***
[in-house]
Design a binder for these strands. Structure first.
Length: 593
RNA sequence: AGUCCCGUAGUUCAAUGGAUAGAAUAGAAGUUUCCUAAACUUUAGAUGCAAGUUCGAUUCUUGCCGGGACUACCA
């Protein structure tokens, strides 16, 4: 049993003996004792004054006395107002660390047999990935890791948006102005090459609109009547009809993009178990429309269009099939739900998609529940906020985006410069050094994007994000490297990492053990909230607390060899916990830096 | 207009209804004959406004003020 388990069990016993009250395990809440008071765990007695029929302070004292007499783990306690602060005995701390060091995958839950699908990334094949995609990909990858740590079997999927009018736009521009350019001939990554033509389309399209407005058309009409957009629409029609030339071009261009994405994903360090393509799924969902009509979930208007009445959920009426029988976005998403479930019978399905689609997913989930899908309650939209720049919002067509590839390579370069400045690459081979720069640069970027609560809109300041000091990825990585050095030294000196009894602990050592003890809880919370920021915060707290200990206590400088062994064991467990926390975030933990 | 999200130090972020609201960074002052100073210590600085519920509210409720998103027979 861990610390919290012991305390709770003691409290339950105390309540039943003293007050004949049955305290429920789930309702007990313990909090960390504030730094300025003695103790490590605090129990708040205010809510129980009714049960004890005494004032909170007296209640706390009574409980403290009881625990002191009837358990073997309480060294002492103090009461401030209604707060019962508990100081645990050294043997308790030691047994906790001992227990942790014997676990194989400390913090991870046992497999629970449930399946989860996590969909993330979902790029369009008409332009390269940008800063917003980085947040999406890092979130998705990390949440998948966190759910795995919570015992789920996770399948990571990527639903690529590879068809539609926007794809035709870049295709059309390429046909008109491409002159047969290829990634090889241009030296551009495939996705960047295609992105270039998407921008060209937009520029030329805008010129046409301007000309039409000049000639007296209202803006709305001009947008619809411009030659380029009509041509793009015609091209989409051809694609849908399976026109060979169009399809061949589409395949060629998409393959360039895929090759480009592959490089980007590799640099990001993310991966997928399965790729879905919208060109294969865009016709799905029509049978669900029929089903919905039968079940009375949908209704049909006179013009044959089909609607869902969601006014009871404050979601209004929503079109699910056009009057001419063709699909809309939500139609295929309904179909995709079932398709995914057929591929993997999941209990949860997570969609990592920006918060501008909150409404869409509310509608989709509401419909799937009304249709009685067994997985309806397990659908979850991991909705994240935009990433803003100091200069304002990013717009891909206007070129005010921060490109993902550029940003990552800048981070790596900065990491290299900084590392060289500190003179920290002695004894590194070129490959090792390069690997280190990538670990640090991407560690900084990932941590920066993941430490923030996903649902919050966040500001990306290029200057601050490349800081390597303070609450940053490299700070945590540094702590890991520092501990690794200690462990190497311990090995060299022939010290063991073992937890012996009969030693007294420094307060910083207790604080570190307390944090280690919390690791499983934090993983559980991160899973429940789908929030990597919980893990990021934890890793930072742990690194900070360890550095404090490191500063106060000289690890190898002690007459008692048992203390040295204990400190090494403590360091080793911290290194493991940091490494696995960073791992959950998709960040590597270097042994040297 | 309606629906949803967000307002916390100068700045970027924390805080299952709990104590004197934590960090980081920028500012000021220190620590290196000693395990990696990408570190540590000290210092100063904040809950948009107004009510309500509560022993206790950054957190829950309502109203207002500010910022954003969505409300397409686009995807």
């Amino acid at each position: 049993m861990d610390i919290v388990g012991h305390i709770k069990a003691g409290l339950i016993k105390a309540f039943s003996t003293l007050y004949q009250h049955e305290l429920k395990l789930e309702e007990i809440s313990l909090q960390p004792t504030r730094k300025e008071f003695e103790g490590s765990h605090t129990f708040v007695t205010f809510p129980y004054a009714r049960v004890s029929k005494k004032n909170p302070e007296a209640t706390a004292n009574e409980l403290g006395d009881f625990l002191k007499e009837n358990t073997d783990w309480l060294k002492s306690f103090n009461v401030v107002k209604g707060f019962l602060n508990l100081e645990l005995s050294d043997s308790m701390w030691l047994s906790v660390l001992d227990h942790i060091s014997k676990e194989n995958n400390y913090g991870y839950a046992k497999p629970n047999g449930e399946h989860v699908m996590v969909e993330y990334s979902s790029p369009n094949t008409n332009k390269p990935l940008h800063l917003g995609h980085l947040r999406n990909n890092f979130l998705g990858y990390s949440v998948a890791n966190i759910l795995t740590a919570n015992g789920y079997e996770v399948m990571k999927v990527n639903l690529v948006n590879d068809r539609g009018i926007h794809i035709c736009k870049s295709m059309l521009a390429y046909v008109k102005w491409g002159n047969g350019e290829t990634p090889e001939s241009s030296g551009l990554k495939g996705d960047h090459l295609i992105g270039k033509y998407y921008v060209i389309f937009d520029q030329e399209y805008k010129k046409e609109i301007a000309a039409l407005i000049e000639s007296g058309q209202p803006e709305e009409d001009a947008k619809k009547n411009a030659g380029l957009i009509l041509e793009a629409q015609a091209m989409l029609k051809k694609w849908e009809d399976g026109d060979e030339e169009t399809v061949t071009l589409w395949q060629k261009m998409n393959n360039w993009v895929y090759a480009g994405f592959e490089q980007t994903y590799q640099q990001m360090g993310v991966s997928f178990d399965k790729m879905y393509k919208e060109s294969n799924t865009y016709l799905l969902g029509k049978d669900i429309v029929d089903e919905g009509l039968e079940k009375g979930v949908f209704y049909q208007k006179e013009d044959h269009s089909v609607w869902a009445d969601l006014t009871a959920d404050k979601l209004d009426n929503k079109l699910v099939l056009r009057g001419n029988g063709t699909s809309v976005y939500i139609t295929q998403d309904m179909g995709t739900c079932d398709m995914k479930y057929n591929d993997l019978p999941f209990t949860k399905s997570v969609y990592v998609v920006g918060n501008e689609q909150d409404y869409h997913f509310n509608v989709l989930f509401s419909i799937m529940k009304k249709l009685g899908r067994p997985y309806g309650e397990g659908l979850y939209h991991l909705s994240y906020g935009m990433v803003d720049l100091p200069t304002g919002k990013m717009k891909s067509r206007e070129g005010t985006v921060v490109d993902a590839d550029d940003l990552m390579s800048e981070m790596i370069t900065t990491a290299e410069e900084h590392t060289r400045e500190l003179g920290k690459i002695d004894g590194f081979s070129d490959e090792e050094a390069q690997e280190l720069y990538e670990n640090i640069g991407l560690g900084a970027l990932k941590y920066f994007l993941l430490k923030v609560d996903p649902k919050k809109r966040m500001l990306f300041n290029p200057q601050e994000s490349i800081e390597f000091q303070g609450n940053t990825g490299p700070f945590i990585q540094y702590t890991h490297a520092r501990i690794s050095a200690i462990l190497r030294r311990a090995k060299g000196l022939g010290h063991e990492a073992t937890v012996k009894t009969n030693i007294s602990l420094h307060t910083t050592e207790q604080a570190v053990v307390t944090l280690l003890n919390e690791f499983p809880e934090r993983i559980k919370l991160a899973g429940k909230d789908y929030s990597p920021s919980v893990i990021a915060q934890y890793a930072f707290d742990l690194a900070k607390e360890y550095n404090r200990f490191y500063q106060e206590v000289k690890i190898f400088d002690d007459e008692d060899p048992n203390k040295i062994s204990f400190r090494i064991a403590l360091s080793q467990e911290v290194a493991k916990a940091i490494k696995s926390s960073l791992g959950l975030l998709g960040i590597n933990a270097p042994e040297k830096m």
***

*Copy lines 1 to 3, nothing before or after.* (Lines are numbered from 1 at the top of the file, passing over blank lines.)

[in-house]
Design a binder for these strands. Structure first.
Length: 593